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Best 7mm STW Ammo

What is 7mm STW Ammo? 🧐

7mm STW, or 7mm Shooting Times Westerner, is a centerfire rifle cartridge developed by Layne Simpson in the 1970s. It uses an 8mm Remington Magnum case necked down to accept .284 inch (7.2 mm) bullets.

7mm STW Ammo

Features 😎

The 7mm STW Ammo is a caliber of ammunition specifically designed for hunting. πŸ”· It has a high muzzle velocity, superior accuracy, and phenomenal knock-down power. This makes it an ideal choice for long-range shooting and big-game hunting.

➑️ It has several features that make it stand out from other calibers.

  • πŸ’₯ These heavier bullets allow for better penetration and terminal performance, while their higher muzzle velocity gives them more reach.
  • πŸ’₯ This ammo is also well-suited for reloading because of its uniform bullet size and consistent powder charge.
  • πŸ’₯ It has a flatter trajectory than other rifle cartridges. This makes it easier to properly aim at long distances, giving you greater accuracy with fewer misses.
  • πŸ’₯ Additionally, its relatively low recoil makes it comfortable to shoot even with larger rifles.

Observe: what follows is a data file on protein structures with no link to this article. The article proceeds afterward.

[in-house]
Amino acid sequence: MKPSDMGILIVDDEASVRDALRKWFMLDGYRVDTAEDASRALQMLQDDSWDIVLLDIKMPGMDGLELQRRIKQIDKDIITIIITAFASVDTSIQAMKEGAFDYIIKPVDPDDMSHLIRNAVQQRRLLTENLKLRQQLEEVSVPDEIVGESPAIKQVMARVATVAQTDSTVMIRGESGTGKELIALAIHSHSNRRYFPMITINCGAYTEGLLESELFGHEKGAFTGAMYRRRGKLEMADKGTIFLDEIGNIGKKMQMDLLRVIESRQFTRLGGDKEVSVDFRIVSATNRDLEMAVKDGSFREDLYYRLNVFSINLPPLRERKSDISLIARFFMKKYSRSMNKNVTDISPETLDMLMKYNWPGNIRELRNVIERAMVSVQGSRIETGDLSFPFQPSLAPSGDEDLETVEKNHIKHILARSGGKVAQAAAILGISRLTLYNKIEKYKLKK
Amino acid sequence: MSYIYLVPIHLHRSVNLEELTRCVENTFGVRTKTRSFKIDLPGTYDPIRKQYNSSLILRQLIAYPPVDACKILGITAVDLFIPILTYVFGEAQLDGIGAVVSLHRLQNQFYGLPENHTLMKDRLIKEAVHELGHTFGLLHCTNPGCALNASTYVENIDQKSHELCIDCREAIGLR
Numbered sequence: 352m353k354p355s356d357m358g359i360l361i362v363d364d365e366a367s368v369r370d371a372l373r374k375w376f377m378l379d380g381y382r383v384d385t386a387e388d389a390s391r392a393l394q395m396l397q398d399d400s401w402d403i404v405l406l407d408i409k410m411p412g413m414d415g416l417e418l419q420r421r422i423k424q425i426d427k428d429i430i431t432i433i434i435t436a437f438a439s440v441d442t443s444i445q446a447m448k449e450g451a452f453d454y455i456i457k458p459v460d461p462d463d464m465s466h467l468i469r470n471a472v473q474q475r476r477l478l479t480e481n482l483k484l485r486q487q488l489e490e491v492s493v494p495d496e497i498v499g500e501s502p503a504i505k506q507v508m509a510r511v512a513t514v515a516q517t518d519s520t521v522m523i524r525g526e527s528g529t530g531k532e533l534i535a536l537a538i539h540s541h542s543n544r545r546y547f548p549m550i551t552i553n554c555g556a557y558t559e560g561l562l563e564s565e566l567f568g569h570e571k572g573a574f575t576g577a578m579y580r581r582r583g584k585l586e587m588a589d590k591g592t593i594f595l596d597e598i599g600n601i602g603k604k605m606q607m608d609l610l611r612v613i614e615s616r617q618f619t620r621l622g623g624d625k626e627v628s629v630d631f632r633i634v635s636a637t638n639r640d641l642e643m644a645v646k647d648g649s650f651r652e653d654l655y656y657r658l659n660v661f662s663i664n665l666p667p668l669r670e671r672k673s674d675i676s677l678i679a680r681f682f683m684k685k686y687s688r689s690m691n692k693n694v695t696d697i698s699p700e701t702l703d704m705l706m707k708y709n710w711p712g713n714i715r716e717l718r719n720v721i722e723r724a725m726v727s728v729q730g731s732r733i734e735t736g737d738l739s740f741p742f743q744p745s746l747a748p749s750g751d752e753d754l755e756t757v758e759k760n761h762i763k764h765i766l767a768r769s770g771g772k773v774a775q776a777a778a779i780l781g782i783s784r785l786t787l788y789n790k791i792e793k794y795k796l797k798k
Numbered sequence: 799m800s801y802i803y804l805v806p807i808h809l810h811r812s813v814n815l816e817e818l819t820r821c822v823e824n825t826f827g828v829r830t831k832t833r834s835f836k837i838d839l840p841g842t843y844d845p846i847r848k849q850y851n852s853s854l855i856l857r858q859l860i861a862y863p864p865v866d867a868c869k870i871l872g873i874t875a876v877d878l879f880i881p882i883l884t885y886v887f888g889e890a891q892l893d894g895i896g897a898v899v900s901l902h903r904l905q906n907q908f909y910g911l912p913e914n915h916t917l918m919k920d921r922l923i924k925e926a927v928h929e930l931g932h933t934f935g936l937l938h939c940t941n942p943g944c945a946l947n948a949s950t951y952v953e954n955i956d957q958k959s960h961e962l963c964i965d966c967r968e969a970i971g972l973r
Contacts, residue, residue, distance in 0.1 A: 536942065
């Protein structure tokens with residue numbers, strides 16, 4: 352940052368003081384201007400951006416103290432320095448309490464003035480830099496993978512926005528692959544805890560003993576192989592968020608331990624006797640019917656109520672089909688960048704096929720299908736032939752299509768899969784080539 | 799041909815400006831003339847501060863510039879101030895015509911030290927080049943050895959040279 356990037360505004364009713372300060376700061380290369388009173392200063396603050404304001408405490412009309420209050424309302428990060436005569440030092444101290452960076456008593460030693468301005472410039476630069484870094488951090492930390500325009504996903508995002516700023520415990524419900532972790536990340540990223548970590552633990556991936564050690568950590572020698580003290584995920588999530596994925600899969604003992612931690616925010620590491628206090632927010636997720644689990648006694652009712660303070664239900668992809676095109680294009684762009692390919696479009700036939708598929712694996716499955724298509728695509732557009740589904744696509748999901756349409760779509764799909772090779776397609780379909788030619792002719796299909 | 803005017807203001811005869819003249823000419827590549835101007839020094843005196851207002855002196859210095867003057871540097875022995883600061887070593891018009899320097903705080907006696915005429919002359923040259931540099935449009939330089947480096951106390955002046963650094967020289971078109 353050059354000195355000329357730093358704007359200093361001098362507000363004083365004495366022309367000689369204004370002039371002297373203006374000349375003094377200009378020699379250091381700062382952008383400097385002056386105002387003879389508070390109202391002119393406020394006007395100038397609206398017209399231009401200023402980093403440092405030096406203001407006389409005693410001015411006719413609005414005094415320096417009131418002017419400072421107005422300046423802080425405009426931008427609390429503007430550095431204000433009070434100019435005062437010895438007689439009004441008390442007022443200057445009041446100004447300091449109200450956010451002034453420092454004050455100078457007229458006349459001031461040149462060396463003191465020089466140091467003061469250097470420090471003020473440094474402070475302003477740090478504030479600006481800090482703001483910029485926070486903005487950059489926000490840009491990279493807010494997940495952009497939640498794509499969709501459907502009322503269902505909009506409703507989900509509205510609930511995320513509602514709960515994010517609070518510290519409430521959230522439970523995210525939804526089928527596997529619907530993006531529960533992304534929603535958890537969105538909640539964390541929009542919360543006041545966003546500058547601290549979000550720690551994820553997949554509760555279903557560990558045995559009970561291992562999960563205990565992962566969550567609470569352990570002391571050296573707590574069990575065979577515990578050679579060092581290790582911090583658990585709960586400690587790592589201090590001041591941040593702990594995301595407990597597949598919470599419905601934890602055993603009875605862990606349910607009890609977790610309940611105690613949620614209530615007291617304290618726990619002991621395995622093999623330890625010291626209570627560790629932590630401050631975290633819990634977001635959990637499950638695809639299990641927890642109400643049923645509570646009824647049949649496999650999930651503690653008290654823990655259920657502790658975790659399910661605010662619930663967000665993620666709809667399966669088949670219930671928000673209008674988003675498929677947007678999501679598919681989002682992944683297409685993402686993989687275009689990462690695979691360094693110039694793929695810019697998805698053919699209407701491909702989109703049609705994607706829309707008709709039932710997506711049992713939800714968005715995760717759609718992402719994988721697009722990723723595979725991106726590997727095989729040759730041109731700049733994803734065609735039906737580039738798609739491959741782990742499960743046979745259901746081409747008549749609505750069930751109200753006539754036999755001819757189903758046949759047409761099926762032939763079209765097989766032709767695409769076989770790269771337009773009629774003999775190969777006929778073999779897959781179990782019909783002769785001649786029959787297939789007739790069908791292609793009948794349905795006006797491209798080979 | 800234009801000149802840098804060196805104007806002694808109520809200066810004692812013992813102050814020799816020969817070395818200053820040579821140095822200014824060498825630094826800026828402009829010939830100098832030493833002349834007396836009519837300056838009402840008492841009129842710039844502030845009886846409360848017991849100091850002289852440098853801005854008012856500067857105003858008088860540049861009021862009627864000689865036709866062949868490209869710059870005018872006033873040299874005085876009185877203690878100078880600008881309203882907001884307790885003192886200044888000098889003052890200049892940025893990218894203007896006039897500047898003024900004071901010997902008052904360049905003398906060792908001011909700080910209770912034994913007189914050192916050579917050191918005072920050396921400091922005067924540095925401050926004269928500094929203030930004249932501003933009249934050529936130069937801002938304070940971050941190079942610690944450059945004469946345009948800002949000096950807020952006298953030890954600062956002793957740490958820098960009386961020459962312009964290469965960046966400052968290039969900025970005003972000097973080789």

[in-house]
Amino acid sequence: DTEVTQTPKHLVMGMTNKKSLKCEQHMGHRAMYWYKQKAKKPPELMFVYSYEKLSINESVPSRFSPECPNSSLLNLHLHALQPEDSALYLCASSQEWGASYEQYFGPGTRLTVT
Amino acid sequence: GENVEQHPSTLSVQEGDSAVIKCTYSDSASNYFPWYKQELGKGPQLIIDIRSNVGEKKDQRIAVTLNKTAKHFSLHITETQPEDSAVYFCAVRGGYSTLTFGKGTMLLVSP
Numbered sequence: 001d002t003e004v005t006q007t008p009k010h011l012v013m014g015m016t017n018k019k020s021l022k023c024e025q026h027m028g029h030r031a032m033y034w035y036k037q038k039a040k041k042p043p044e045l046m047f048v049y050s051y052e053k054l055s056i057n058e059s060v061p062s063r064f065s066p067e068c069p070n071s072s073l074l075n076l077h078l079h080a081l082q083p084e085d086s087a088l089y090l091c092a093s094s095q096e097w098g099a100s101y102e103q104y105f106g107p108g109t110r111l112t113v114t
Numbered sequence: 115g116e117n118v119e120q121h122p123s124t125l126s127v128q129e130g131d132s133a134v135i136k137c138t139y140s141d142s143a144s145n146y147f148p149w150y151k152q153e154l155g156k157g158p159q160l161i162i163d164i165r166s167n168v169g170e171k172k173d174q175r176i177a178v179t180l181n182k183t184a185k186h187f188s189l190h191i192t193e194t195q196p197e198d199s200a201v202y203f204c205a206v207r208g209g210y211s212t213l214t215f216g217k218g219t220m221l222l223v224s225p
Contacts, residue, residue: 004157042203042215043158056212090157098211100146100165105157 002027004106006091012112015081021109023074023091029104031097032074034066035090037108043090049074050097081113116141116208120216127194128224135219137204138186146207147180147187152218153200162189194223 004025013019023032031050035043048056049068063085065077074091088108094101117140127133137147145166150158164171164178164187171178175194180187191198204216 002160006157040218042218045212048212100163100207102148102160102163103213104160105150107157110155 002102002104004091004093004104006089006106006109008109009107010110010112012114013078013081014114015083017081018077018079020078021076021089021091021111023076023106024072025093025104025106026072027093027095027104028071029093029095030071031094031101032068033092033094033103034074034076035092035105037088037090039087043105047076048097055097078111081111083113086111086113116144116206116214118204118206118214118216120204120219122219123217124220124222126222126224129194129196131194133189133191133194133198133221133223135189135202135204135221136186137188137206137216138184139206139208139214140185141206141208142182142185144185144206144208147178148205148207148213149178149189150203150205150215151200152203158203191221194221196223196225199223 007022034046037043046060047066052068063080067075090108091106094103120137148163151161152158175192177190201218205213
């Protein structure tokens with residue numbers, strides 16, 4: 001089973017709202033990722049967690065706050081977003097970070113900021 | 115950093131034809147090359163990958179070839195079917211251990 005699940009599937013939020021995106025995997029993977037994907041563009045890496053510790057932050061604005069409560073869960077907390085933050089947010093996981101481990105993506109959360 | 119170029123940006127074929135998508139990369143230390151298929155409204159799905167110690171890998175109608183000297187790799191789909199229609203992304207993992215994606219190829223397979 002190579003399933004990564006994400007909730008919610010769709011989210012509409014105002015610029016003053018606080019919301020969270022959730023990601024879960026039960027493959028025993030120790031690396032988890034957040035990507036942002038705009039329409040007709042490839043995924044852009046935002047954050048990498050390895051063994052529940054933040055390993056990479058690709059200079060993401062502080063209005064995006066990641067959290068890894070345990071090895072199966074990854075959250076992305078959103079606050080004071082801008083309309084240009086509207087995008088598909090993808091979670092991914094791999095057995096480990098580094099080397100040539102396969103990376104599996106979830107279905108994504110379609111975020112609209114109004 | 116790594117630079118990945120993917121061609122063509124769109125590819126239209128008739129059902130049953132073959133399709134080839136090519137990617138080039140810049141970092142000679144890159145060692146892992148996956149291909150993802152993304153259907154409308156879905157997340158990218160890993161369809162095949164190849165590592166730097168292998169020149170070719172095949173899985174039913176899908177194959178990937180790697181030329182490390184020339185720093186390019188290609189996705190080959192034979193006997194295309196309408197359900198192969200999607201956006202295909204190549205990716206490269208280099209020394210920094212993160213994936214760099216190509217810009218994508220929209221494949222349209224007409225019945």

Our Top Pick
7mm STW - 140 Grain PSP BT - PCI - 20 Rounds
This cartridge, chambered in 7mm STW, is equipped with a 140-grain projectile that is perfectly suited for long-distance shooting. The bullet's boat tail design greatly improves its ballistic coefficient, providing greater downrange velocity and reducing sensitivity to crosswinds. Its pointed soft point design offers excellent aerodynamics, allowing it to cut through the air with ease. But this bullet's true strength lies in its exposed, softcore, which causes rapid expansion upon impact, making it ideal for taking down distant games.
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Benefits 😍

7mm STW Ammo offers several benefits for hunters and shooters.

  • πŸ”° It is an incredibly versatile round, allowing you to use it in a variety of hunting applications from small game to larger animals, such as deer and elk.
  • πŸ”° It has a higher muzzle velocity than other popular rounds like the .30-06, making it ideal for long-range shooting.
  • πŸ”° The 7mm STW also offers excellent accuracy with minimal recoil, allowing for more comfortable shooting experiences.
  • πŸ”° Finally, the increased sectional density gives this round better penetration power than most other cartridges on the market.

7mm Shooting Times Westerner Ammo

Ballistic Performance πŸ’‘

The 7mm STW is a powerful, long-range round that has gained popularity among hunters and target shooters over the years.

  • πŸ”₯ It is capable of delivering exceptional ballistic performance due to its high muzzle velocity and relatively flat trajectory.